Oracle: Leading with Linux, Then and Now
Adopting Linux as a platform has helped change Oracle over the past 15 years from a fragmented, decentralized behemoth to a sleek, consolidated service provider, said Senior VP and CIO Mark Sunday in Oracle’s LinuxCon keynote presentation Friday morning.
In exchange, Oracle also played a large role in shaping Linux, especially in the server space, said Wim Coekaerts, Oracle’s Senior Vice President of Linux and Virtualization Engineering, during the presentation.
Linux is the standard operating system for all of Oracle’s internal business systems and product development as well as the basis for the business services the company offers its customers, he said.
“Everything we do… is done leveraging Linux,” Sunday said.
On the product development side Oracle now has 40,000 environments all running on heavily virtualized Linux servers. This “Oracle farm” was the company’s first cloud deployment, allowing on-demand provisioning of resources that are scalable and widely available, Sunday said. The company offers those same resources to customers with managed hosting on Oracle products and a wide variety of software-as-a-service products.
Now the company is scaling up again and integrating Linux into the systems it builds for customers. The roughly 100 acquisitions Oracle has made over the past eight years have been aimed at gathering all of the components to make a complete integration possible, Sunday said. For example, companies no longer need to buy servers and storage networking then layer in a file system and a database. Oracle packages it into a single IT product.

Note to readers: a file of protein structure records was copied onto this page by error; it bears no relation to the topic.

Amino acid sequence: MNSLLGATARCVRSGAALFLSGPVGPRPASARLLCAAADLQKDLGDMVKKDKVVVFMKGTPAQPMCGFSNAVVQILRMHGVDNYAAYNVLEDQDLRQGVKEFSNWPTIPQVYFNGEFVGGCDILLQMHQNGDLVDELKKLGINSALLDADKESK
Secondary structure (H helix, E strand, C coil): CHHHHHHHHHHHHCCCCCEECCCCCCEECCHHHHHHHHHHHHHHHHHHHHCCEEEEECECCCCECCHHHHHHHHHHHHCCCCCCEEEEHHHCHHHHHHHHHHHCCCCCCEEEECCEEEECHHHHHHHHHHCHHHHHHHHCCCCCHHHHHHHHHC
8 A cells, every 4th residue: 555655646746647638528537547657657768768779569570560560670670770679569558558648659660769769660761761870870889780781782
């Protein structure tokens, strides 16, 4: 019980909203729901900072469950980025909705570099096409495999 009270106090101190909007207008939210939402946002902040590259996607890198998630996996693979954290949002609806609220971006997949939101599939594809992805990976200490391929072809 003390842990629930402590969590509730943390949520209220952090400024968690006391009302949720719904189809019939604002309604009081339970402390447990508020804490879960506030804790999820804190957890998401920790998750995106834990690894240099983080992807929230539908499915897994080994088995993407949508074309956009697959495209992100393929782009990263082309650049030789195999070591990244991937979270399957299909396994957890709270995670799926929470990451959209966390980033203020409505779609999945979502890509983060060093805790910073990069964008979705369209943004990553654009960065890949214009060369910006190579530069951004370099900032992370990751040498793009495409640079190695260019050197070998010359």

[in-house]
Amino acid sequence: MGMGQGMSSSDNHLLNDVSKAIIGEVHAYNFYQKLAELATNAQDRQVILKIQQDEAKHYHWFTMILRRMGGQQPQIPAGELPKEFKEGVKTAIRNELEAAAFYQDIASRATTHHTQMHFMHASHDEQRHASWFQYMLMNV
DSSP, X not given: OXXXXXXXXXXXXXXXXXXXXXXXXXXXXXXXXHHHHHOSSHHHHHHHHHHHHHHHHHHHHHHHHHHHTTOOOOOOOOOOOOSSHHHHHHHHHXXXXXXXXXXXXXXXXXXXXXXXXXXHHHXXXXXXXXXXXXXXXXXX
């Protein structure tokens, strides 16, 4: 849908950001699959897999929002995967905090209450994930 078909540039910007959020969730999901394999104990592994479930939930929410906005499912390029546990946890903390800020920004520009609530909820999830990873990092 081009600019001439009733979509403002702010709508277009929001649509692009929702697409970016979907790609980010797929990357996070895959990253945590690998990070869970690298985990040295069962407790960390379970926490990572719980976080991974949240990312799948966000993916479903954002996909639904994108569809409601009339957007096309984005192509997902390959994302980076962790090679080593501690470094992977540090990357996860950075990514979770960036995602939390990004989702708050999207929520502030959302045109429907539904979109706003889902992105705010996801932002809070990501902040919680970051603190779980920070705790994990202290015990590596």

A Stable Enterprise OS Evolves
Oracle contributions to the Linux kernel helped bring the operating system up to speed with other Unix-based systems in the early days. The company’s involvement eventually led to the “somewhat controversial” decision to become a Linux distribution vendor, providing support for the whole stack, said Coekaerts.
The next step in Oracle’s evolution with Linux was building an extensive testing system in 2008 and 2009, Coekaerts said.
“It’s not just about development when you produce a product,” he said. “Bug fixing and QA is the less cool part but a very critical part.”
In the past few years the development model for Linux has changed and the pace of releases has become very rapid. New features are available for customers as soon as they are added and users are increasingly defining the platform.
After kernel developer Greg Kroah-Hartman pushed legacy vendors to be more current, Oracle began providing a kernel to customers that is more mainline-based, within five to six months of the new releases, Coekaerts said.
“Linux has been very useful to us in getting new features into the hands of customers sooner,” Coekaerts said.
“If we’re closer to what Linus maintains we have new features sooner,” he said.
The challenge now lies in continuing to improve the operating system’s performance and reliability. The QA process will be critical to this, Coekaerts said, but not all developers have in-house access to a test suite like the larger distributions provide to their developers, he said.
“We need to have a test suite for the operating system that ships with the kernel source,” Coekaerts said. “It’s important to start building test suites for Linux features as the kernel develops.”